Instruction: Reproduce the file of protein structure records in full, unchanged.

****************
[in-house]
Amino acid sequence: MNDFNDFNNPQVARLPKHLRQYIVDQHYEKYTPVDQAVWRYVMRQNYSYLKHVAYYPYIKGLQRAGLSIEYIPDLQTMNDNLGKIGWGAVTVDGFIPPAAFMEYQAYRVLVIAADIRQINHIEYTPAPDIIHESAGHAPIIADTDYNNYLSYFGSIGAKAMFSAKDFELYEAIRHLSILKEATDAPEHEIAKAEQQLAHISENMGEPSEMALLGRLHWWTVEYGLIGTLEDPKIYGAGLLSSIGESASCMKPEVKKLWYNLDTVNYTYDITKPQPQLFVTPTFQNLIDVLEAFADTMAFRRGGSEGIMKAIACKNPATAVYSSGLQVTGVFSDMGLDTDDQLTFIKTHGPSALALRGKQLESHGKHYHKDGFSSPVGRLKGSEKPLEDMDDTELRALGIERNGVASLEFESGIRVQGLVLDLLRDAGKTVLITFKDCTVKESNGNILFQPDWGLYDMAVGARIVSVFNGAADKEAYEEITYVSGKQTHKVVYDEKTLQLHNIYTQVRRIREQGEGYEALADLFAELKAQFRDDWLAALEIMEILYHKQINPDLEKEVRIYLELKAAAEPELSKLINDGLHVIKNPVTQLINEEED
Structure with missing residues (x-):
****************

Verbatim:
[in-house]
Amino acid sequence: MNDFNDFNNPQVARLPKHLRQYIVDQHYEKYTPVDQAVWRYVMRQNYSYLKHVAYYPYIKGLQRAGLSIEYIPDLQTMNDNLGKIGWGAVTVDGFIPPAAFMEYQAYRVLVIAADIRQINHIEYTPAPDIIHESAGHAPIIADTDYNNYLSYFGSIGAKAMFSAKDFELYEAIRHLSILKEATDAPEHEIAKAEQQLAHISENMGEPSEMALLGRLHWWTVEYGLIGTLEDPKIYGAGLLSSIGESASCMKPEVKKLWYNLDTVNYTYDITKPQPQLFVTPTFQNLIDVLEAFADTMAFRRGGSEGIMKAIACKNPATAVYSSGLQVTGVFSDMGLDTDDQLTFIKTHGPSALALRGKQLESHGKHYHKDGFSSPVGRLKGSEKPLEDMDDTELRALGIERNGVASLEFESGIRVQGLVLDLLRDAGKTVLITFKDCTVKESNGNILFQPDWGLYDMAVGARIVSVFNGAADKEAYEEITYVSGKQTHKVVYDEKTLQLHNIYTQVRRIREQGEGYEALADLFAELKAQFRDDWLAALEIMEILYHKQINPDLEKEVRIYLELKAAAEPELSKLINDGLHVIKNPVTQLINEEED
Structure with missing residues (x-):